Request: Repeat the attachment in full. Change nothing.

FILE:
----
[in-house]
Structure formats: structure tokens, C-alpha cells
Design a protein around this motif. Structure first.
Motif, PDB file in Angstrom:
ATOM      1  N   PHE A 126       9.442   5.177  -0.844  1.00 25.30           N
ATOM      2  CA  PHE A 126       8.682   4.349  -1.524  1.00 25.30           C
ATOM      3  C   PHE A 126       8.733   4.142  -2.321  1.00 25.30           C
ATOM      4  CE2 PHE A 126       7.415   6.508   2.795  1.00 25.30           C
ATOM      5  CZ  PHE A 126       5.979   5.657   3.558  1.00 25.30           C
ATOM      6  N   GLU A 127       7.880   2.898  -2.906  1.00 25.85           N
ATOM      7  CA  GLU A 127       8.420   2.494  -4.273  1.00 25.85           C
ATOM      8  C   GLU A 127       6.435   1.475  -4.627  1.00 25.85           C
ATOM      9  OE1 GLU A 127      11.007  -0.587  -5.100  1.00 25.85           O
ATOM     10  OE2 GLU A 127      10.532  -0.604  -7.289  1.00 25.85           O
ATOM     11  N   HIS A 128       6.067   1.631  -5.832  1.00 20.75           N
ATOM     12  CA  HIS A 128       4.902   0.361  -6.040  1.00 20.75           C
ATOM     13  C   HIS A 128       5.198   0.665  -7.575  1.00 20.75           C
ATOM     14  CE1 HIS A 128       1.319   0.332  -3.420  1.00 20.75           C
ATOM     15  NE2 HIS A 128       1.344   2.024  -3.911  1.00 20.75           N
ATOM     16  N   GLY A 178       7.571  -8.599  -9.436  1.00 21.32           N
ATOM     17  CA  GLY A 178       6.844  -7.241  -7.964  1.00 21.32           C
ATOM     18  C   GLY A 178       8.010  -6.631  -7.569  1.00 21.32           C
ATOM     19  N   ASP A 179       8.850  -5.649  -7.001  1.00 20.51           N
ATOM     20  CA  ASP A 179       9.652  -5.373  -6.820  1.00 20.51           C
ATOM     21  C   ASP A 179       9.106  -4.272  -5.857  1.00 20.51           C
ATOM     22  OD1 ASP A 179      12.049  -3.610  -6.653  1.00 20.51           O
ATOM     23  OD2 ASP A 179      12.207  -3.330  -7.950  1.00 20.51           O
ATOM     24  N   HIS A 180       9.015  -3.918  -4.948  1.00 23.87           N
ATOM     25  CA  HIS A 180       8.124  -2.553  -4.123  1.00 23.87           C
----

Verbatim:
[in-house]
Structure formats: structure tokens, C-alpha cells
Design a protein around this motif. Structure first.
Motif, PDB file in Angstrom:
ATOM      1  N   PHE A 126       9.442   5.177  -0.844  1.00 25.30           N
ATOM      2  CA  PHE A 126       8.682   4.349  -1.524  1.00 25.30           C
ATOM      3  C   PHE A 126       8.733   4.142  -2.321  1.00 25.30           C
ATOM      4  CE2 PHE A 126       7.415   6.508   2.795  1.00 25.30           C
ATOM      5  CZ  PHE A 126       5.979   5.657   3.558  1.00 25.30           C
ATOM      6  N   GLU A 127       7.880   2.898  -2.906  1.00 25.85           N
ATOM      7  CA  GLU A 127       8.420   2.494  -4.273  1.00 25.85           C
ATOM      8  C   GLU A 127       6.435   1.475  -4.627  1.00 25.85           C
ATOM      9  OE1 GLU A 127      11.007  -0.587  -5.100  1.00 25.85           O
ATOM     10  OE2 GLU A 127      10.532  -0.604  -7.289  1.00 25.85           O
ATOM     11  N   HIS A 128       6.067   1.631  -5.832  1.00 20.75           N
ATOM     12  CA  HIS A 128       4.902   0.361  -6.040  1.00 20.75           C
ATOM     13  C   HIS A 128       5.198   0.665  -7.575  1.00 20.75           C
ATOM     14  CE1 HIS A 128       1.319   0.332  -3.420  1.00 20.75           C
ATOM     15  NE2 HIS A 128       1.344   2.024  -3.911  1.00 20.75           N
ATOM     16  N   GLY A 178       7.571  -8.599  -9.436  1.00 21.32           N
ATOM     17  CA  GLY A 178       6.844  -7.241  -7.964  1.00 21.32           C
ATOM     18  C   GLY A 178       8.010  -6.631  -7.569  1.00 21.32           C
ATOM     19  N   ASP A 179       8.850  -5.649  -7.001  1.00 20.51           N
ATOM     20  CA  ASP A 179       9.652  -5.373  -6.820  1.00 20.51           C
ATOM     21  C   ASP A 179       9.106  -4.272  -5.857  1.00 20.51           C
ATOM     22  OD1 ASP A 179      12.049  -3.610  -6.653  1.00 20.51           O
ATOM     23  OD2 ASP A 179      12.207  -3.330  -7.950  1.00 20.51           O
ATOM     24  N   HIS A 180       9.015  -3.918  -4.948  1.00 23.87           N
ATOM     25  CA  HIS A 180       8.124  -2.553  -4.123  1.00 23.87           C